Sunday, May 20, 2007

"Disability Do's and Don't's" Or Damn I Wish I'd Written This

I've fallen off the blogwagon somewhat lately, but I meant to post this a while ago. I'm in the middle of some world class procrastionation at the moment, avoiding important work-related tasks (ones that I'm being *paid* for no less), so of course I must catch up on blogging stuff!

The following is a post that the Ranter wrote at her blog, Disability Rants, a couple of months ago, and I thought it was so good and so important that I asked her if I could post the whole thing here. I can only add a resounding, "hell, yes" to all of her points. Please go and visit her blog as well, she has some fantastic posts.

"Disability Dos and Don'ts

Don't:

1. Ask us what's wrong with us.
2. Ask us what happened to us.
3. Ask us how we do what we do.
4. Tell us we're awesome for doing the ordinary.
5. Think we're awesome for doing the ordinary.
6. Assume anything.
7. EVER try to freakin' push us before asking if we need help.
8. EVER try to freakin' push us after asking if we need help and we say no.
9. Swear at us when we get pissed off when you don't respect our answer, decision, space (pushing us without asking is as invasive as me going up to you and taking your briefcase out of your hand without asking when you don't know me from Bob).
9. Rush ahead to open doors for us.
10. Apologize for not having helped us in time when it seems we're doing just fine without you.
11. Say stupid things like "I should be doing that for you" when we reach the door first and hold it open for you.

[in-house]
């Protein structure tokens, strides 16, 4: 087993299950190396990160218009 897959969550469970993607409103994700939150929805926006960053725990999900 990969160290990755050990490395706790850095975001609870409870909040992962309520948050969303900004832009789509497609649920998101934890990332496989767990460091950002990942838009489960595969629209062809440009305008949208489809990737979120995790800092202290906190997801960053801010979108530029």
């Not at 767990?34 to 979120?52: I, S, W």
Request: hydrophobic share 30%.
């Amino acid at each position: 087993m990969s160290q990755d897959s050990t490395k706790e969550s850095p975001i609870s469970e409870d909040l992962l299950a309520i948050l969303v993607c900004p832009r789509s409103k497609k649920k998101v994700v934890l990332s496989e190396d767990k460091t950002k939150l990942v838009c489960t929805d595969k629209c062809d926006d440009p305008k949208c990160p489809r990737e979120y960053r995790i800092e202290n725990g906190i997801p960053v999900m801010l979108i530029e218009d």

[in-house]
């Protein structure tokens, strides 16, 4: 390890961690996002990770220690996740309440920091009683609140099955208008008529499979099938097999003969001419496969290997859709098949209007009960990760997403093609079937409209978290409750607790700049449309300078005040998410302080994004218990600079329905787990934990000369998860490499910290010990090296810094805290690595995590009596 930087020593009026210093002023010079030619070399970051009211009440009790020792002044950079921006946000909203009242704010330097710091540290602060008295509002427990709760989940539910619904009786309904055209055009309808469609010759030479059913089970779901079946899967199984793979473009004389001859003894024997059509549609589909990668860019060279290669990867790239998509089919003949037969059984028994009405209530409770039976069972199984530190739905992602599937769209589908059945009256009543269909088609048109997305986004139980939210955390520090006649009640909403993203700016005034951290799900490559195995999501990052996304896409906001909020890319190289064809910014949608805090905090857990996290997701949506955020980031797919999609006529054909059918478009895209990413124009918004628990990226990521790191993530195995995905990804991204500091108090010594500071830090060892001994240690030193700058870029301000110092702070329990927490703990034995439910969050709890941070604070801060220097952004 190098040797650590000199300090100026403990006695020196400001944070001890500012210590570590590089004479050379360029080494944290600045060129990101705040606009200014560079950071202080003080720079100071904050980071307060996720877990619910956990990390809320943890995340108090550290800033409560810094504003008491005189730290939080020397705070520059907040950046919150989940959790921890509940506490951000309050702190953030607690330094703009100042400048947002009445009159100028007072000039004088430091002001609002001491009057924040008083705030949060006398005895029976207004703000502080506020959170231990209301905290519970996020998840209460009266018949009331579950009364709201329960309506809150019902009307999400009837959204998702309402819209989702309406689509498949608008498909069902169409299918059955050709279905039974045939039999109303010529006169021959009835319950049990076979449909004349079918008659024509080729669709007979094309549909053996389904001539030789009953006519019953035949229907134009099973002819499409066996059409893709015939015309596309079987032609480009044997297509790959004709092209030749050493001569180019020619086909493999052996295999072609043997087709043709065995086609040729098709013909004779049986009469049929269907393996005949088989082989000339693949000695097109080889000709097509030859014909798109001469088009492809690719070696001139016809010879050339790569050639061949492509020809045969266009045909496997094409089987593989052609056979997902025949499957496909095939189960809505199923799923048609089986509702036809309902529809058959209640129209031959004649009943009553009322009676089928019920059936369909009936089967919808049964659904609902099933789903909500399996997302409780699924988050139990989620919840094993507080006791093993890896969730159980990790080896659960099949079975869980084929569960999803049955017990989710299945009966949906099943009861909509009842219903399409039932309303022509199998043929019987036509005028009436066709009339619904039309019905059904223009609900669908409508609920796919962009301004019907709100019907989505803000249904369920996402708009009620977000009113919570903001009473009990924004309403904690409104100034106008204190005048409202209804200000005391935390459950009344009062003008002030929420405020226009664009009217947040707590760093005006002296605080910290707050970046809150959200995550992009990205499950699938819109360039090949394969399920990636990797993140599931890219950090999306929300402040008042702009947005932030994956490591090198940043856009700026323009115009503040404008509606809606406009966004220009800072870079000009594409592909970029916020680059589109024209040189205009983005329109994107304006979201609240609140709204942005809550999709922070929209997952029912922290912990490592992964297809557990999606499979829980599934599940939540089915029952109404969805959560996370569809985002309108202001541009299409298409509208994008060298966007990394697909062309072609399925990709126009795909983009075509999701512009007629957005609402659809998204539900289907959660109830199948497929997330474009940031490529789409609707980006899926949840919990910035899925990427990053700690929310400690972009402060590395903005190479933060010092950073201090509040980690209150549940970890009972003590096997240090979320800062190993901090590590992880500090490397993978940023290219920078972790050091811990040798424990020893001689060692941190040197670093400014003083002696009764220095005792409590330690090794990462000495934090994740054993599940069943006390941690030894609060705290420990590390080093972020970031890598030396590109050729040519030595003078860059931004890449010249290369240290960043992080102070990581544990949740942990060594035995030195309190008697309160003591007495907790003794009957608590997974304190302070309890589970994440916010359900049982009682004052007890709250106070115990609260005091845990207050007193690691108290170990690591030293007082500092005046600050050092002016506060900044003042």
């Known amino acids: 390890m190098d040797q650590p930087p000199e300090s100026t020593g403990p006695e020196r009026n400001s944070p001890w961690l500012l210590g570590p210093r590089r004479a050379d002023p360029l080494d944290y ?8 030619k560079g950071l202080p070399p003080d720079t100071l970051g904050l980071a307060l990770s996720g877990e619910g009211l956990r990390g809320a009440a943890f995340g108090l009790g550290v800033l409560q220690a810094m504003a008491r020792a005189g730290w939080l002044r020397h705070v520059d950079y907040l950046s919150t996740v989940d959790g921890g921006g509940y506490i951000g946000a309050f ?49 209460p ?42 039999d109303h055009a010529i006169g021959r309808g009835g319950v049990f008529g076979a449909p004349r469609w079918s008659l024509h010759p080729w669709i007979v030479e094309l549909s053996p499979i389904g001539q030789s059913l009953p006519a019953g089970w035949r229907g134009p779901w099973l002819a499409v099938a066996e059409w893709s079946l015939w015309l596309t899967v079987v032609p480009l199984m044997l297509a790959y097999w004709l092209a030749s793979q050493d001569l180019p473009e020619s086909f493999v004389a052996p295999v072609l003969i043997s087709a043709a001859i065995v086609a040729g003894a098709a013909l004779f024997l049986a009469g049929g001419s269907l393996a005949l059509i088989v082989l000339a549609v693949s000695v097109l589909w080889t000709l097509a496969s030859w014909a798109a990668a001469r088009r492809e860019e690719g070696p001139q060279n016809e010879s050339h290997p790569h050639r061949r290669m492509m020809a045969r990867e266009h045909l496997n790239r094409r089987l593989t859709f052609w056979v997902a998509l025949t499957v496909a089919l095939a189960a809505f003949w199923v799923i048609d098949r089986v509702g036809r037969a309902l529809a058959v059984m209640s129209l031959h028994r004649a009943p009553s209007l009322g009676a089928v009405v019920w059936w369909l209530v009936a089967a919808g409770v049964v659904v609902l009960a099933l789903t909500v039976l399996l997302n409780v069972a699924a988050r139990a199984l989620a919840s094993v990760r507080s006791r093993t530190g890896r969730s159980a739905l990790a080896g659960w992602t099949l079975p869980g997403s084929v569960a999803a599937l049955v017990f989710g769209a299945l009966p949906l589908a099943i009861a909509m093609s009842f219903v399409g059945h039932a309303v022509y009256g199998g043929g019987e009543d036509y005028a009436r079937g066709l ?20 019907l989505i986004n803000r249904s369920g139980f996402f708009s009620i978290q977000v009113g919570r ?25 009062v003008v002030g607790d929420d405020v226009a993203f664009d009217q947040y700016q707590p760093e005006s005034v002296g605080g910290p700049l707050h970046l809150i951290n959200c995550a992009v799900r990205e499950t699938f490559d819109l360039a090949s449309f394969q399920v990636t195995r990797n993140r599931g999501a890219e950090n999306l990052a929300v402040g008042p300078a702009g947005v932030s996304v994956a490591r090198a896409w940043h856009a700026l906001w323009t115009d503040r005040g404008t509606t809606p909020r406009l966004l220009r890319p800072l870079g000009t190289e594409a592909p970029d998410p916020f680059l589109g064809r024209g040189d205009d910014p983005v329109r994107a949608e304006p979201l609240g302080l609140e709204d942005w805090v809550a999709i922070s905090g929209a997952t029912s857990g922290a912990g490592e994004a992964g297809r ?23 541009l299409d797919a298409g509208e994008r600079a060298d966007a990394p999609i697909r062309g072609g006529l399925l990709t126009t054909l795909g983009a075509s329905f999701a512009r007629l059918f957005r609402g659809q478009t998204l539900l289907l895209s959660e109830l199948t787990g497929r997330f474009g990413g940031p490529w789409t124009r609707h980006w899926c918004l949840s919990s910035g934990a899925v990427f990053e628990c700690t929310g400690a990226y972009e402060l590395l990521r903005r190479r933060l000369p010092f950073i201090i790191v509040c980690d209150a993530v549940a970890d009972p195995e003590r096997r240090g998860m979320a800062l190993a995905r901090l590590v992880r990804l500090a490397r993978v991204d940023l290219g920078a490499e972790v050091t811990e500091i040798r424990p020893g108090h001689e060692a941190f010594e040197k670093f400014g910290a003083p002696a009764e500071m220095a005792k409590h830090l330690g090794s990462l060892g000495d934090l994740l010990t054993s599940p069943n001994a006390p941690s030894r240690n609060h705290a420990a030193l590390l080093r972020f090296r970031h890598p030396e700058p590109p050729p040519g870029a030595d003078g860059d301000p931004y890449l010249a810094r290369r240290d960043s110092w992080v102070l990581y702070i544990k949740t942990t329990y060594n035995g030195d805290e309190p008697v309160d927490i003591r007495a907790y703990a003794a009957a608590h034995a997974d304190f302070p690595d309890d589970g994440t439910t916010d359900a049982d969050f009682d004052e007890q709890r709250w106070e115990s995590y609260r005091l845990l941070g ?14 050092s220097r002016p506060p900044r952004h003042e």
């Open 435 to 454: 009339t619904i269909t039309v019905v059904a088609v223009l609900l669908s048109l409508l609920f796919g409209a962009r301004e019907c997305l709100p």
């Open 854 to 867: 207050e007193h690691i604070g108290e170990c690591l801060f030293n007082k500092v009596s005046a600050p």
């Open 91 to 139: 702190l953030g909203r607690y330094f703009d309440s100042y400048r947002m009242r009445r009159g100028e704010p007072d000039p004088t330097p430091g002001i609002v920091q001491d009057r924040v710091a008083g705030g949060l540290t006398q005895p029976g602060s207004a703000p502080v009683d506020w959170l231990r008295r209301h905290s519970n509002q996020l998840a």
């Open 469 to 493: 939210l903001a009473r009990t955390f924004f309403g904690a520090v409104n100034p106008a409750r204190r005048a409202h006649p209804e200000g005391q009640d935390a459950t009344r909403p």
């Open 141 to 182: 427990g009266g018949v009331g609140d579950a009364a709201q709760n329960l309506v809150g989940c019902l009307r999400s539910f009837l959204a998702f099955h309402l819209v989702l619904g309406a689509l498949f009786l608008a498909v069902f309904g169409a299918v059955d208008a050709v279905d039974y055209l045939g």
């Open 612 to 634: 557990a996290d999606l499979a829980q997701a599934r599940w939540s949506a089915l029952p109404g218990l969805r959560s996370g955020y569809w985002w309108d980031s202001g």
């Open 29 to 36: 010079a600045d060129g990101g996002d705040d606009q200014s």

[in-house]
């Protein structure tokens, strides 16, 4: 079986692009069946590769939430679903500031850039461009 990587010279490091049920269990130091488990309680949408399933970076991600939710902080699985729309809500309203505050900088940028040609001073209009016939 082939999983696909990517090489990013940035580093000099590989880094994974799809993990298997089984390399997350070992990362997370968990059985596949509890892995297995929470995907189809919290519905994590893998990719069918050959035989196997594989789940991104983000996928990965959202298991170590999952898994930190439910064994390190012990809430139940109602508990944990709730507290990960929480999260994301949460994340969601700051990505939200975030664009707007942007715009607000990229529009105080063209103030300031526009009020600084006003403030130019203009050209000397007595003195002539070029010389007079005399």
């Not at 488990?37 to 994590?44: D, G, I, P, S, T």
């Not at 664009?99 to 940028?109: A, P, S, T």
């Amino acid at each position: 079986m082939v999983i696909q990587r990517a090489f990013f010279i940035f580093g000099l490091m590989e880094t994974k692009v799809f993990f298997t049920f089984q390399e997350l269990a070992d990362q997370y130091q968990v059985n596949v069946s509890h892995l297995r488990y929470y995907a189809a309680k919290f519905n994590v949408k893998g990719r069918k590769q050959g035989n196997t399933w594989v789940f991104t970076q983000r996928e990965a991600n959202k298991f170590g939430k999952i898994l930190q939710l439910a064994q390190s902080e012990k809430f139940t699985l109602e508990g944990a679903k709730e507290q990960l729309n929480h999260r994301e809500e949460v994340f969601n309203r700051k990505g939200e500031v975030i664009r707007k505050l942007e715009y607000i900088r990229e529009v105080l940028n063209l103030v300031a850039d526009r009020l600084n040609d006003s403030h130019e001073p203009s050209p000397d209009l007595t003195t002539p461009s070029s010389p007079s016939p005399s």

12. EVER pat us on the freakin' head!
13. Ask us what disability we have before getting to know us.
14. Ask us anything disability related before getting to know us "just because you're curious". Who the hell are you, and how important do you think your curiousity is, freak?
15. Ask us if we play basketball.
16. Try to give us money (unless it's a cheque with 6 digits).
17. Tell us how freakin' brave we are unless we just fought a bear.
18. Address our companions when asking questions meant for us.
19. Ask "are you sure?" when we tell you we don't need help.
20. Ask "do you want to go out" if we happen to be sitting by a door.
21. Assume we like to listen to your problems coz we'll "understand" since obviously our lives have been hard like yours, right?
22. Assume that a physical, visual, auditory disability, speech impediment, or other means we couldn't possibly hold a Masters degree, good paying job, own a condo, drive a car, marry, have children, make decisions for ourselves.
23. Shout at us.

Do:

1. Use your freakin' common sense.
2. Talk to us.
3. Get to know us.
4. Listen.
5. Establish some sort of relationship before you ask us anything personal.
6. Allow us to be as independent as we can be.
7. Wait for us to ask for help.
9. Let us open the door for you if we reach it first.
10. Give us a chance before you come barging in to "rescue us".
11. Think twice before you open your mouth.
12. Ask us out for coffee.
13. See us as human beings.
14. See us as women or men.
15. Consider us as wives, husbands, partners, friends, lovers, intellectual equals
16. Relax.
17. Laugh.
18. Be open.
19. Remember that we have to deal with people like you every hour of every day."

The Ranter also added a few more in the comments:

24. Don't tell us we're going to get a speeding ticket.
25. Don't tell us we're good drivers.
26. Don't tell us how well we manage our wheelchairs.
27. Don't lean on our wheelchairs.

4 comments:

arielladrake said...

On one level, that's a great list. One another level, it's maddening that even half the stuff on the list needs to be said.

Philip. said...

I'll second ariella's comments!

seahorse said...

This is really, really refreshing and direct. Good to read, good to share experience

Melanie said...

12. EVER pat us on the freakin' head!

people DO that?! *boggle*

ps: is it ok to make "vroom vroom!" noises when pushing (with permission)? and tire squealing noises when going round corners? ;) i'm kidding, really. i know it depends entirely on the person and the context. my poor friend casey puts up with a lot of silliness from us and is very patient.